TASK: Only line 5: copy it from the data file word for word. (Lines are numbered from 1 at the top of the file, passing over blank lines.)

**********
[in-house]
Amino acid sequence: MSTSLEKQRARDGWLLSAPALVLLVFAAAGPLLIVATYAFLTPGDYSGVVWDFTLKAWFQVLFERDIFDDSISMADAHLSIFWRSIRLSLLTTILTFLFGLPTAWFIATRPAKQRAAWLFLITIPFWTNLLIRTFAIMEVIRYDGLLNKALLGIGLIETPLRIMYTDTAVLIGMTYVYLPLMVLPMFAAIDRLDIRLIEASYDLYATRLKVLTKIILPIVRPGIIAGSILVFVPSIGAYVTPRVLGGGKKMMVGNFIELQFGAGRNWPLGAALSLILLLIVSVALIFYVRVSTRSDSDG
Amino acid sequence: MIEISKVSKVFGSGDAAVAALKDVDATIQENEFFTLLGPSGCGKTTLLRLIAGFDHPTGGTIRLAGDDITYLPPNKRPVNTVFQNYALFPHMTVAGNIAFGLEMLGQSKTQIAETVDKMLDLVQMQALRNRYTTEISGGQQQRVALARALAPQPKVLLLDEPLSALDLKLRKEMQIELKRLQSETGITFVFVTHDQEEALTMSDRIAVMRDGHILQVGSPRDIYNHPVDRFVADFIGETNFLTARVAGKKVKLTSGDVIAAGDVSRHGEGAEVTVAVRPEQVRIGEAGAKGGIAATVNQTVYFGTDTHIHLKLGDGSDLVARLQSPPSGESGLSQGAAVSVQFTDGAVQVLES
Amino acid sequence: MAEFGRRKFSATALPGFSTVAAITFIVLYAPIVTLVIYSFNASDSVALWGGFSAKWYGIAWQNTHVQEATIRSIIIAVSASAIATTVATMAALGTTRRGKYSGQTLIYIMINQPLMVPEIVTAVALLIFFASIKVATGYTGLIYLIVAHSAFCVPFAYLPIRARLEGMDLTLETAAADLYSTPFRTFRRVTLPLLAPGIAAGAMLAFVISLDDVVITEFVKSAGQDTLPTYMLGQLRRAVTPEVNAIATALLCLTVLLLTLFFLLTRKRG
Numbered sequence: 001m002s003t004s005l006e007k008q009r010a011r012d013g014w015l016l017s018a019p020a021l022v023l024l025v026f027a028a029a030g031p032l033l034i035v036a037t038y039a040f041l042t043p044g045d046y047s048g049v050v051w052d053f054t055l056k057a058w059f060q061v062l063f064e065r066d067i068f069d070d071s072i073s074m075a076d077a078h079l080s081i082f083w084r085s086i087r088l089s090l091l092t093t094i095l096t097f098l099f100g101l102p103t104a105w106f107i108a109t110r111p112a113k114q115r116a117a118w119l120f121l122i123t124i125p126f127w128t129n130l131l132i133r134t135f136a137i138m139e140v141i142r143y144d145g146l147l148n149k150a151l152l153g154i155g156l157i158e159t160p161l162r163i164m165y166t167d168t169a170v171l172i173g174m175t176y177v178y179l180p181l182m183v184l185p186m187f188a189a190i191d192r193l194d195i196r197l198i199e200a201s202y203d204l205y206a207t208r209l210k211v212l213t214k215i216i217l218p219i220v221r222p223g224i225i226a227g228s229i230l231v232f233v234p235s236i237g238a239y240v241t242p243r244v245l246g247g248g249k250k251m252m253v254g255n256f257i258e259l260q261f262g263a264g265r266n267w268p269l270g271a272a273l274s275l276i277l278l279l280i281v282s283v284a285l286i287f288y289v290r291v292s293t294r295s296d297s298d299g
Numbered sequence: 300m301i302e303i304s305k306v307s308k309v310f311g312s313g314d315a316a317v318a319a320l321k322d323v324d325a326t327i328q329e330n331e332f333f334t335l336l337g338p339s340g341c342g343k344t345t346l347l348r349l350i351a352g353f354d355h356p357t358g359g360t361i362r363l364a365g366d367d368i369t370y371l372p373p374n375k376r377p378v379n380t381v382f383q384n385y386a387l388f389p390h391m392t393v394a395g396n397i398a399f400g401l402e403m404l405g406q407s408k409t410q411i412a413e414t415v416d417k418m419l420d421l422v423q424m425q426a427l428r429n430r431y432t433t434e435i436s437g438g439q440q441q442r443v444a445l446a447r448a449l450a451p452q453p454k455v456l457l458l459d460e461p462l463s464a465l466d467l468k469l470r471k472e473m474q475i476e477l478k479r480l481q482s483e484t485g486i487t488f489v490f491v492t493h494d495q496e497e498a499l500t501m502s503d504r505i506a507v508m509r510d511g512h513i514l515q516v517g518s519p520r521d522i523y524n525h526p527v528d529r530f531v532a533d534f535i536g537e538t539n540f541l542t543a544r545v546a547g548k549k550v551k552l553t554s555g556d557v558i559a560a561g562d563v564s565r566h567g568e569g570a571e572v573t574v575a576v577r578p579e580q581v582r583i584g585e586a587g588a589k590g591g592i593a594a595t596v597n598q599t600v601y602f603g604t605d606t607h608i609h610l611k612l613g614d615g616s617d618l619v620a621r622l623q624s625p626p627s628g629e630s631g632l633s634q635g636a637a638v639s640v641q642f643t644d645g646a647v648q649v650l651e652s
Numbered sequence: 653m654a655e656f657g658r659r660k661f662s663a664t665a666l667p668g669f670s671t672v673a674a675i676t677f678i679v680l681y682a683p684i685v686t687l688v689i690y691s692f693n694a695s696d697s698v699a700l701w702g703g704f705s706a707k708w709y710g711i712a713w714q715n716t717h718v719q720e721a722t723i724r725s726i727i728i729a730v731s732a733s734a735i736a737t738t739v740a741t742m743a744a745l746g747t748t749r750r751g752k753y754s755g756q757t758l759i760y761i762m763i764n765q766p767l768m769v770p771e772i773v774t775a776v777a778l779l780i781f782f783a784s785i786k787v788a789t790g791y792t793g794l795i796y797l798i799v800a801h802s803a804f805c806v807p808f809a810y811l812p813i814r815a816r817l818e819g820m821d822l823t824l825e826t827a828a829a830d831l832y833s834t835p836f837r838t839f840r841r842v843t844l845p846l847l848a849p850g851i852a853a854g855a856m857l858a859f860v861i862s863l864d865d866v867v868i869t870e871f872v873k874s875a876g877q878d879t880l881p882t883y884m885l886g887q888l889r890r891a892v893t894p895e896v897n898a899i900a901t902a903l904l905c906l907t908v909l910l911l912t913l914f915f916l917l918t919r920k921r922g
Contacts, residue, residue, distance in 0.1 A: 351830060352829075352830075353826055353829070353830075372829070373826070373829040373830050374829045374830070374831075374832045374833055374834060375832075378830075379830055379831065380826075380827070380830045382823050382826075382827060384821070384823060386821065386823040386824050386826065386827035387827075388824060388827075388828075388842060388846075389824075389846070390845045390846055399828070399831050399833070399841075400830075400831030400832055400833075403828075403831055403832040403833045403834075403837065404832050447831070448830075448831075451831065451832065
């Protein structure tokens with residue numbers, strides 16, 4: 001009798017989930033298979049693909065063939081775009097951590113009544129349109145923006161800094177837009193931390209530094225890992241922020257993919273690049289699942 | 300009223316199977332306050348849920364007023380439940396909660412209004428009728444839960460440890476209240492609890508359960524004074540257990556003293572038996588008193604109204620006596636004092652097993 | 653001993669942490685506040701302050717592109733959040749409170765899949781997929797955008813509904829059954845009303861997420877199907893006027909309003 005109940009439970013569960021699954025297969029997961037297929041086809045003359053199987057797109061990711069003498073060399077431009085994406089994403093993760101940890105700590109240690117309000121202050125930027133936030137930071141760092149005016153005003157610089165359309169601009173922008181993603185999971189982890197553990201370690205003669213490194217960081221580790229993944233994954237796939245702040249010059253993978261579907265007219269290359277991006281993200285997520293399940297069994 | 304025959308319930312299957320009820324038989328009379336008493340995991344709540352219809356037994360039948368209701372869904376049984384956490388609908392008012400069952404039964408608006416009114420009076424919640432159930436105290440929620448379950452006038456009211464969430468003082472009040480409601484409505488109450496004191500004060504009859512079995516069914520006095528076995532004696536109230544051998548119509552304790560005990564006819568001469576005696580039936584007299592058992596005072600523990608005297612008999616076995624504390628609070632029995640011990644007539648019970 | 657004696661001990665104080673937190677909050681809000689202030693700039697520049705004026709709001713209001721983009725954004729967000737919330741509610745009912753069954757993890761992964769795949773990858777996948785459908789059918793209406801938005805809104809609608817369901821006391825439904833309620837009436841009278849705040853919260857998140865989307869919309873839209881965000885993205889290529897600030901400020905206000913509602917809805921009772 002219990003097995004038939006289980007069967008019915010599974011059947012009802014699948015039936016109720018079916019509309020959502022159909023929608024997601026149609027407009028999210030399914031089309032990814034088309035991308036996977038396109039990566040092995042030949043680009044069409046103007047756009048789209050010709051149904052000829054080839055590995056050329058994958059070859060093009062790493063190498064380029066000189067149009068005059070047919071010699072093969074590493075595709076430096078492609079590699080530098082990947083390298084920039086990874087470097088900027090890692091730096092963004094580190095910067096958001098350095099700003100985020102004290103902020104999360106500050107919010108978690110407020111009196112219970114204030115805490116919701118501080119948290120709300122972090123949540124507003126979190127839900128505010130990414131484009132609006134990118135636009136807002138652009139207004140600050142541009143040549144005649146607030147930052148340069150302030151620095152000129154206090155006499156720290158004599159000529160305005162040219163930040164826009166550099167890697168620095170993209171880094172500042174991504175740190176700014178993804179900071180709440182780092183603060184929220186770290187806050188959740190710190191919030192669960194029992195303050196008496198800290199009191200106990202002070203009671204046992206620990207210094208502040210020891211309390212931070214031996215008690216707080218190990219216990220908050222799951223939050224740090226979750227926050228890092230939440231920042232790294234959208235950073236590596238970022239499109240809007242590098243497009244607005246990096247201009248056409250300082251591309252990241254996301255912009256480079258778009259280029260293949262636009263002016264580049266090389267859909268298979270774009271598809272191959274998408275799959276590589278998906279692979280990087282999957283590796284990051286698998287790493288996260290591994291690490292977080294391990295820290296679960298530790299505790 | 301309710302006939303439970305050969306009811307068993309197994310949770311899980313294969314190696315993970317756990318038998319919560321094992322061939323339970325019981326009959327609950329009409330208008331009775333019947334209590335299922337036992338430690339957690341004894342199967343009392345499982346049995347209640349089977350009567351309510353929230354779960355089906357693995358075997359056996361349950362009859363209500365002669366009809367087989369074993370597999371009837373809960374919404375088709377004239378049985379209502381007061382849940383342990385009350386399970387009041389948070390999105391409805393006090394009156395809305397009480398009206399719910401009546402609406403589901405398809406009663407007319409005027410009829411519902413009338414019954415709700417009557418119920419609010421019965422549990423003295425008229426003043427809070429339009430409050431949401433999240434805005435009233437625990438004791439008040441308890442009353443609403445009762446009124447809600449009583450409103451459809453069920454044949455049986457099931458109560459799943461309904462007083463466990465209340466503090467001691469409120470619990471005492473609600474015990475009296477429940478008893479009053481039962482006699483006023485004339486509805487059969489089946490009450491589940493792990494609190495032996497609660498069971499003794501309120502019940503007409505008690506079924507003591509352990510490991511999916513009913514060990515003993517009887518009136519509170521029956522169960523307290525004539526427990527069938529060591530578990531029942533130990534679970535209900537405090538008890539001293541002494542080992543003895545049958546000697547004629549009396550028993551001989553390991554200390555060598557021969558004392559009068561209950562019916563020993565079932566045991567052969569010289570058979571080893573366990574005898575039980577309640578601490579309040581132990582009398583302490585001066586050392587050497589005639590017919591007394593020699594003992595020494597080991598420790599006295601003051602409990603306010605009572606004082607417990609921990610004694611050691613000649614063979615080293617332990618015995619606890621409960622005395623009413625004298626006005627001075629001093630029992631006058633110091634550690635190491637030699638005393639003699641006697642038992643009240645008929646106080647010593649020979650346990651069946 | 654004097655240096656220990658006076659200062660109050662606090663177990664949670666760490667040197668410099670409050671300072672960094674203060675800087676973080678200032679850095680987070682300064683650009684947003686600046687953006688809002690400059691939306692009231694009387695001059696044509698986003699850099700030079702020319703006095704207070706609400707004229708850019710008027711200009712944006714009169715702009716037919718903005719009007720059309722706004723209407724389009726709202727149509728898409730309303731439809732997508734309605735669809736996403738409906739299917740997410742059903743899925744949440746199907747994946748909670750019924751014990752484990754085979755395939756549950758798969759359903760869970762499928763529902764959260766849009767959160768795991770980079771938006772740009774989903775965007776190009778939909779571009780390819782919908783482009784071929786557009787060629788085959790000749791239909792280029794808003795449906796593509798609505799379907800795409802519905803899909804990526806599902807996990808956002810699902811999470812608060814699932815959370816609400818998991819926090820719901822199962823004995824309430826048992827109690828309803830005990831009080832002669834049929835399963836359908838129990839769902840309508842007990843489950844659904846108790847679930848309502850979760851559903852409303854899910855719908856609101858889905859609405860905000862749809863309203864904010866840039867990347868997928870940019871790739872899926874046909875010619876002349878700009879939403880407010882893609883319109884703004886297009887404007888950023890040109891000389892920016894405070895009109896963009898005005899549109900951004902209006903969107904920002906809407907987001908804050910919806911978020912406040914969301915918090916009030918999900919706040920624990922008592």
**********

Numbered sequence: 001m002s003t004s005l006e007k008q009r010a011r012d013g014w015l016l017s018a019p020a021l022v023l024l025v026f027a028a029a030g031p032l033l034i035v036a037t038y039a040f041l042t043p044g045d046y047s048g049v050v051w052d053f054t055l056k057a058w059f060q061v062l063f064e065r066d067i068f069d070d071s072i073s074m075a076d077a078h079l080s081i082f083w084r085s086i087r088l089s090l091l092t093t094i095l096t097f098l099f100g101l102p103t104a105w106f107i108a109t110r111p112a113k114q115r116a117a118w119l120f121l122i123t124i125p126f127w128t129n130l131l132i133r134t135f136a137i138m139e140v141i142r143y144d145g146l147l148n149k150a151l152l153g154i155g156l157i158e159t160p161l162r163i164m165y166t167d168t169a170v171l172i173g174m175t176y177v178y179l180p181l182m183v184l185p186m187f188a189a190i191d192r193l194d195i196r197l198i199e200a201s202y203d204l205y206a207t208r209l210k211v212l213t214k215i216i217l218p219i220v221r222p223g224i225i226a227g228s229i230l231v232f233v234p235s236i237g238a239y240v241t242p243r244v245l246g247g248g249k250k251m252m253v254g255n256f257i258e259l260q261f262g263a264g265r266n267w268p269l270g271a272a273l274s275l276i277l278l279l280i281v282s283v284a285l286i287f288y289v290r291v292s293t294r295s296d297s298d299g